Justice Thomas has mainly dissented from Justice Kennedy’s opinions in the areas of criminal procedure, due process, and civil rights. These dissents are featured in the cases invalidating DOMA and legalizing same-sex marriage – United States v. Windsor and Obergefell v. Hodges – among other cases.
Justice Thomas’ dissents from Justice Kennedy’s majority opinions hit their peak during the 2015 term. During this term Justice Thomas dissented when Justice Kennedy authored the majority opinions in Fisher v. University of Texas, Encino Motorcars v. Navarro, Montgomery v. Louisiana, Williams v. Pennsylvania, Welch v. United States, and Tyson Foods v. Bouaphakeo.
Lastly, Justice Breyer’s dissents from Justice Scalia’s opinions mainly fit into the criminal procedure and judicial power areas.
Justice Breyer had the most dissents in a term from Justice Scalia’s majority opinions in 2008. In that term Justice Breyer dissented in Energy Corp. V. Riverkeeper, Summers v. Earth Island Institute, FCC v. Fox Television, and Montejo v. Louisiana. One of the strongest sources of disagreement between the two justices can be found in their sparring opinions in District of Columbia v. Heller. The back and forth include Justice Scalia’s line in the majority opinion,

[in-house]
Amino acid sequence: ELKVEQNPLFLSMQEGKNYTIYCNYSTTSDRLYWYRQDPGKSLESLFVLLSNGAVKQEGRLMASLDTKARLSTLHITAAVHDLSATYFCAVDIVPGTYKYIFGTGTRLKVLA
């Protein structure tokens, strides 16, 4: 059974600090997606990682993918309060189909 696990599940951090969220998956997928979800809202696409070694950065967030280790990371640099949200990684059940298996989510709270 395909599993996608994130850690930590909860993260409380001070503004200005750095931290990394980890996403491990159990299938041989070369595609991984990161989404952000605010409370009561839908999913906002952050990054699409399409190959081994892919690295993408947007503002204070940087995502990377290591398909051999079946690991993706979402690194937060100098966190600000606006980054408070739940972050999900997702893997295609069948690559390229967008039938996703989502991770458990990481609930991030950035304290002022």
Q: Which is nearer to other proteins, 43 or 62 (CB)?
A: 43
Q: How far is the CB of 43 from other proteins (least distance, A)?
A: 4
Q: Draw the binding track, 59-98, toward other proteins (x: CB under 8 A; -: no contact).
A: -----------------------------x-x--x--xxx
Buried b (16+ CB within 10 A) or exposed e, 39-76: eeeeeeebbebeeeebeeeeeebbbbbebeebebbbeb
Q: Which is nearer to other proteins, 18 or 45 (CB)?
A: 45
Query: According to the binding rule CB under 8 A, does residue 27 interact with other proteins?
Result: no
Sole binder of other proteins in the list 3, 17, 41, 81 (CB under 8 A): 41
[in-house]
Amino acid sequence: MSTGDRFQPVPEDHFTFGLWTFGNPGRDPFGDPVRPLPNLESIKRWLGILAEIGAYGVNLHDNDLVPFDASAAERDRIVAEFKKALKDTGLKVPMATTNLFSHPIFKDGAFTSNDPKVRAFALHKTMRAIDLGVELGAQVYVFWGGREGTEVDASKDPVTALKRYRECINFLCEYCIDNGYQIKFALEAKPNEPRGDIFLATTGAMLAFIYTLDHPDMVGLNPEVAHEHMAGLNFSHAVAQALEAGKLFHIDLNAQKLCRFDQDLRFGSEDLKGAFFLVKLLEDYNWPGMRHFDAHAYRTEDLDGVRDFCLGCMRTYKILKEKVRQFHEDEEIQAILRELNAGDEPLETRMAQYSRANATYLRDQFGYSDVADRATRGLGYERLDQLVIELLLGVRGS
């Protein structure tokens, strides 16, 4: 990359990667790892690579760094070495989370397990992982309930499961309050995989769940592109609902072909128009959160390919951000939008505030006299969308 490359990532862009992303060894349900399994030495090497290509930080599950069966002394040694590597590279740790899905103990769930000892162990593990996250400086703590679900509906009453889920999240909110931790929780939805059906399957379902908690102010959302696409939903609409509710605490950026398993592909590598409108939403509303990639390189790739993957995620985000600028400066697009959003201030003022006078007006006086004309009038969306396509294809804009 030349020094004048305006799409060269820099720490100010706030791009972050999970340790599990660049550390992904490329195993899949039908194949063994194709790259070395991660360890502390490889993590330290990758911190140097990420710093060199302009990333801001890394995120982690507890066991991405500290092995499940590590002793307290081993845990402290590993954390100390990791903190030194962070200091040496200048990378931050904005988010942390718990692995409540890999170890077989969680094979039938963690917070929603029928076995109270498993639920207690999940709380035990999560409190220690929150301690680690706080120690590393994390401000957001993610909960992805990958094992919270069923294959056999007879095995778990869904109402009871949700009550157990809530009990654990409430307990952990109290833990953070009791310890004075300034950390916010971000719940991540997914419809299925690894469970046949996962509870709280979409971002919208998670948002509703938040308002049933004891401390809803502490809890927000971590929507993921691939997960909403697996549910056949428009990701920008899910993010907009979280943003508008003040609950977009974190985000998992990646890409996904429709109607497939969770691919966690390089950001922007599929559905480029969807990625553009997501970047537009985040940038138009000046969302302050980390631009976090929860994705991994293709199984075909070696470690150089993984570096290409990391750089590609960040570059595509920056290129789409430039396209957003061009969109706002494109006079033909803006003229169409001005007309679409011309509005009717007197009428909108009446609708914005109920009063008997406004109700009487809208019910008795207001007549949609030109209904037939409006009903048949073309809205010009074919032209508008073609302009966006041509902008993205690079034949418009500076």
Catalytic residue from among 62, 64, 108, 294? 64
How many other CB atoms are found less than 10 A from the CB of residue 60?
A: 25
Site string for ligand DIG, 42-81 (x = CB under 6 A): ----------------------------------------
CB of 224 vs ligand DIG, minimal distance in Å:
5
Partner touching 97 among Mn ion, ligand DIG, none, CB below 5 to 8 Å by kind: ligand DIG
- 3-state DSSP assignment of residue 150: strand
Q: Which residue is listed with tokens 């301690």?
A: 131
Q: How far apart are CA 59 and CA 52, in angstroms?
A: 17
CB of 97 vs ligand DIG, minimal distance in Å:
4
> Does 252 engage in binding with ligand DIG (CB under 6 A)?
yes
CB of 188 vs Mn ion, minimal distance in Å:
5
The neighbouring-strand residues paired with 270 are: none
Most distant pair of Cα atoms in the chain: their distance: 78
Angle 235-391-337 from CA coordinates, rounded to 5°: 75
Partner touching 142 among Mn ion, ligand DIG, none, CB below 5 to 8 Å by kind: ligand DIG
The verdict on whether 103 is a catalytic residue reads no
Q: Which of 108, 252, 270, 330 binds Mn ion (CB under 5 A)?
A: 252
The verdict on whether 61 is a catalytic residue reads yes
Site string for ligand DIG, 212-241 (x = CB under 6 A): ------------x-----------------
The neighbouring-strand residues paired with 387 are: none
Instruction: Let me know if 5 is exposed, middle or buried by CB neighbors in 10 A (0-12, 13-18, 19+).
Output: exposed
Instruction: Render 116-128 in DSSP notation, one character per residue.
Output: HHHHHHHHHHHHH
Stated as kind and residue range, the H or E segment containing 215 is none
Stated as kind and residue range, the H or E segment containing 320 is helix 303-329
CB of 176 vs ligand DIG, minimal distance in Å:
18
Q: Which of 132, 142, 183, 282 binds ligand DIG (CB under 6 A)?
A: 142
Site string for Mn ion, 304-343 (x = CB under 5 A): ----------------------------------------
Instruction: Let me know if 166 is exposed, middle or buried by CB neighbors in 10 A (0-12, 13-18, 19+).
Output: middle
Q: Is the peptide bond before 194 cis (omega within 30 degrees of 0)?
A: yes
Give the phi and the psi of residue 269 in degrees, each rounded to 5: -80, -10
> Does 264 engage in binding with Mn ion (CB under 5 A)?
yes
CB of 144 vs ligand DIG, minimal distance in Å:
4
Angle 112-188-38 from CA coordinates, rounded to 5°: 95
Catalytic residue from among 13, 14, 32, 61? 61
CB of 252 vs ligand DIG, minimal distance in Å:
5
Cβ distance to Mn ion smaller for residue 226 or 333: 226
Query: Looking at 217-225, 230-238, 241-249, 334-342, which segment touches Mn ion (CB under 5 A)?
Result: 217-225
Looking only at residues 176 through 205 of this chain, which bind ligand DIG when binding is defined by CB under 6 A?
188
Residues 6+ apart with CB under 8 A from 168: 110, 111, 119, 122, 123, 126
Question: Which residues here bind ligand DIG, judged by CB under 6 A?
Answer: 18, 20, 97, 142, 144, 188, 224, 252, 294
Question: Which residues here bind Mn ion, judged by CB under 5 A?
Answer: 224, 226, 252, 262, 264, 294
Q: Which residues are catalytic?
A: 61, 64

“Justice Breyer’s assertion that individual self-defense is merely a “subsidiary interest” of the right to keep and bear arms, see post, at 36, is profoundly mistaken”
and Justice Breyer’s statement in dissent,
“As important, the majority’s decision threatens severely to limit the ability of more knowledgeable, democratically elected officials to deal with gun-related problems. The majority says that it leaves the District “a variety of tools for combating” such problems. Ante, at 64. It fails to list even one seemingly adequate replacement for the law it strikes down.”
Which justices will have the most disagreement on the current Court? One pair worth watching is Justices Ginsburg and Gorsuch when Justice Ginsburg authors the majority opinion and Justice Gorsuch dissents. We have already seen this twice – in Perry v. Merit Systems and Artis v. District of Columbia. These cases are an early indication that these justices may have significantly different views in fundamental areas of law. This pair has also had notable disagreements in oral argument. While the breadth of the disagreement between these two justices may be dependent on how long 84-year-old Justice Ginsburg stays on the Court, she has signaled her intention to remain on for the time being. If this is the case, we might very well see more Gorsuch dissents from Ginsburg opinions in the future.
On Twitter @AdamSFeldman